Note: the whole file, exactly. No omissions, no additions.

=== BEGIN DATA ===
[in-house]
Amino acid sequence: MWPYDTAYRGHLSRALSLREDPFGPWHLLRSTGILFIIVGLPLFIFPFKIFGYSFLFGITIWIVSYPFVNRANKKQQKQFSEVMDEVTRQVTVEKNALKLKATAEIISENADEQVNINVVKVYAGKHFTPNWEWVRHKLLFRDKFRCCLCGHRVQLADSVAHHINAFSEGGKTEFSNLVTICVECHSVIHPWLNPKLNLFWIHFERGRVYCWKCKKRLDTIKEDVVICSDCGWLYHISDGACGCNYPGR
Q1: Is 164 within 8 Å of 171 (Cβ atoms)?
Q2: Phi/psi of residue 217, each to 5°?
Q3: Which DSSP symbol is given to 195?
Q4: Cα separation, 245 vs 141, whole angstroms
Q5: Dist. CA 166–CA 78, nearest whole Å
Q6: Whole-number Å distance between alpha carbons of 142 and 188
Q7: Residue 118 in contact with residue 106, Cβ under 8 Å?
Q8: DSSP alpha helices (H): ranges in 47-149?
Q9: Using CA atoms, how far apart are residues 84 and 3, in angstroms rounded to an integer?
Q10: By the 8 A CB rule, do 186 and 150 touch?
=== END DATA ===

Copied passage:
[in-house]
Amino acid sequence: MWPYDTAYRGHLSRALSLREDPFGPWHLLRSTGILFIIVGLPLFIFPFKIFGYSFLFGITIWIVSYPFVNRANKKQQKQFSEVMDEVTRQVTVEKNALKLKATAEIISENADEQVNINVVKVYAGKHFTPNWEWVRHKLLFRDKFRCCLCGHRVQLADSVAHHINAFSEGGKTEFSNLVTICVECHSVIHPWLNPKLNLFWIHFERGRVYCWKCKKRLDTIKEDVVICSDCGWLYHISDGACGCNYPGR
Q1: Is 164 within 8 Å of 171 (Cβ atoms)?
Q2: Phi/psi of residue 217, each to 5°?
Q3: Which DSSP symbol is given to 195?
Q4: Cα separation, 245 vs 141, whole angstroms
Q5: Dist. CA 166–CA 78, nearest whole Å
Q6: Whole-number Å distance between alpha carbons of 142 and 188
Q7: Residue 118 in contact with residue 106, Cβ under 8 Å?
Q8: DSSP alpha helices (H): ranges in 47-149?
Q9: Using CA atoms, how far apart are residues 84 and 3, in angstroms rounded to an integer?
Q10: By the 8 A CB rule, do 186 and 150 touch?